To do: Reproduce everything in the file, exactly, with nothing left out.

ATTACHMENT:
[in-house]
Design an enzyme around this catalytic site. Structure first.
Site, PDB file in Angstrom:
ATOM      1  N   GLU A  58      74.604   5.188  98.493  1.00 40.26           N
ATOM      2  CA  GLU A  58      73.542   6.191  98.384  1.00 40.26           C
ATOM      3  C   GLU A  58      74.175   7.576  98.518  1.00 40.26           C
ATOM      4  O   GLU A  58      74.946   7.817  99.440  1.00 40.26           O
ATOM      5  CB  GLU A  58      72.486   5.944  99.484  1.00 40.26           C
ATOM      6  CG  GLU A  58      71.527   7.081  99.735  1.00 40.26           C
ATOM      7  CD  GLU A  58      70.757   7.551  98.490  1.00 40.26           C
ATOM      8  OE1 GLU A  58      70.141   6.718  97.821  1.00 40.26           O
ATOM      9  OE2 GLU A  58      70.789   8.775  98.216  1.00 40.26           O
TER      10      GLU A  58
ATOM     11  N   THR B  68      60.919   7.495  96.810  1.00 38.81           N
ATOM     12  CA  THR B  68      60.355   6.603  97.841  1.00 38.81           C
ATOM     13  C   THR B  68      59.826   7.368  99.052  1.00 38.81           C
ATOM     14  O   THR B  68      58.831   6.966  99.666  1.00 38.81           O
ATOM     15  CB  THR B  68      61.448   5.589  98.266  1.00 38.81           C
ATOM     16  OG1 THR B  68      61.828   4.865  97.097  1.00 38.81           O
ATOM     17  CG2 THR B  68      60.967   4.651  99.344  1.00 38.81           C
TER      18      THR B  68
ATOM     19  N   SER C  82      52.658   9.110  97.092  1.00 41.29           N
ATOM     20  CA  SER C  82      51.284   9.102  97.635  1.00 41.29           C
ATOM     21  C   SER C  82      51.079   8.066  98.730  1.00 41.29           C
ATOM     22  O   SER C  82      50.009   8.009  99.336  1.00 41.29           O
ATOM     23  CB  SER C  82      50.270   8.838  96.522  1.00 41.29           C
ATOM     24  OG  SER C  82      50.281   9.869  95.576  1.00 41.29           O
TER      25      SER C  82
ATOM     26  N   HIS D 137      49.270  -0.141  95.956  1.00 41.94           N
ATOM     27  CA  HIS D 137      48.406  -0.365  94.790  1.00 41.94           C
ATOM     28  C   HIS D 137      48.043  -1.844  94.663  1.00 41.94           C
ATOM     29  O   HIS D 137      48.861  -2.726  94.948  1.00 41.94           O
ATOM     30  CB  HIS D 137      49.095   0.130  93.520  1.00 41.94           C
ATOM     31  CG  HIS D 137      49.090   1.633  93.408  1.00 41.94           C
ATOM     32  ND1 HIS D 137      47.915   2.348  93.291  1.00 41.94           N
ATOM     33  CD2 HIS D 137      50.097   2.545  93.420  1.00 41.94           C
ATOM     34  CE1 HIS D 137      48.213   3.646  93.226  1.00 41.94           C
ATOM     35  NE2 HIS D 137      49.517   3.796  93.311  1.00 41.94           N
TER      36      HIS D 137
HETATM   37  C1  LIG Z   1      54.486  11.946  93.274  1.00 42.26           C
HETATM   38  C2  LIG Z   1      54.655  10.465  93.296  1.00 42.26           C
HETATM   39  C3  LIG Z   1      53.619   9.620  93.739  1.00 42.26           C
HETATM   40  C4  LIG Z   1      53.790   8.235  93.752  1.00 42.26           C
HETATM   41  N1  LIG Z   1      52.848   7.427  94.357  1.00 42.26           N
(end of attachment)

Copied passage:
[in-house]
Design an enzyme around this catalytic site. Structure first.
Site, PDB file in Angstrom:
ATOM      1  N   GLU A  58      74.604   5.188  98.493  1.00 40.26           N
ATOM      2  CA  GLU A  58      73.542   6.191  98.384  1.00 40.26           C
ATOM      3  C   GLU A  58      74.175   7.576  98.518  1.00 40.26           C
ATOM      4  O   GLU A  58      74.946   7.817  99.440  1.00 40.26           O
ATOM      5  CB  GLU A  58      72.486   5.944  99.484  1.00 40.26           C
ATOM      6  CG  GLU A  58      71.527   7.081  99.735  1.00 40.26           C
ATOM      7  CD  GLU A  58      70.757   7.551  98.490  1.00 40.26           C
ATOM      8  OE1 GLU A  58      70.141   6.718  97.821  1.00 40.26           O
ATOM      9  OE2 GLU A  58      70.789   8.775  98.216  1.00 40.26           O
TER      10      GLU A  58
ATOM     11  N   THR B  68      60.919   7.495  96.810  1.00 38.81           N
ATOM     12  CA  THR B  68      60.355   6.603  97.841  1.00 38.81           C
ATOM     13  C   THR B  68      59.826   7.368  99.052  1.00 38.81           C
ATOM     14  O   THR B  68      58.831   6.966  99.666  1.00 38.81           O
ATOM     15  CB  THR B  68      61.448   5.589  98.266  1.00 38.81           C
ATOM     16  OG1 THR B  68      61.828   4.865  97.097  1.00 38.81           O
ATOM     17  CG2 THR B  68      60.967   4.651  99.344  1.00 38.81           C
TER      18      THR B  68
ATOM     19  N   SER C  82      52.658   9.110  97.092  1.00 41.29           N
ATOM     20  CA  SER C  82      51.284   9.102  97.635  1.00 41.29           C
ATOM     21  C   SER C  82      51.079   8.066  98.730  1.00 41.29           C
ATOM     22  O   SER C  82      50.009   8.009  99.336  1.00 41.29           O
ATOM     23  CB  SER C  82      50.270   8.838  96.522  1.00 41.29           C
ATOM     24  OG  SER C  82      50.281   9.869  95.576  1.00 41.29           O
TER      25      SER C  82
ATOM     26  N   HIS D 137      49.270  -0.141  95.956  1.00 41.94           N
ATOM     27  CA  HIS D 137      48.406  -0.365  94.790  1.00 41.94           C
ATOM     28  C   HIS D 137      48.043  -1.844  94.663  1.00 41.94           C
ATOM     29  O   HIS D 137      48.861  -2.726  94.948  1.00 41.94           O
ATOM     30  CB  HIS D 137      49.095   0.130  93.520  1.00 41.94           C
ATOM     31  CG  HIS D 137      49.090   1.633  93.408  1.00 41.94           C
ATOM     32  ND1 HIS D 137      47.915   2.348  93.291  1.00 41.94           N
ATOM     33  CD2 HIS D 137      50.097   2.545  93.420  1.00 41.94           C
ATOM     34  CE1 HIS D 137      48.213   3.646  93.226  1.00 41.94           C
ATOM     35  NE2 HIS D 137      49.517   3.796  93.311  1.00 41.94           N
TER      36      HIS D 137
HETATM   37  C1  LIG Z   1      54.486  11.946  93.274  1.00 42.26           C
HETATM   38  C2  LIG Z   1      54.655  10.465  93.296  1.00 42.26           C
HETATM   39  C3  LIG Z   1      53.619   9.620  93.739  1.00 42.26           C
HETATM   40  C4  LIG Z   1      53.790   8.235  93.752  1.00 42.26           C
HETATM   41  N1  LIG Z   1      52.848   7.427  94.357  1.00 42.26           N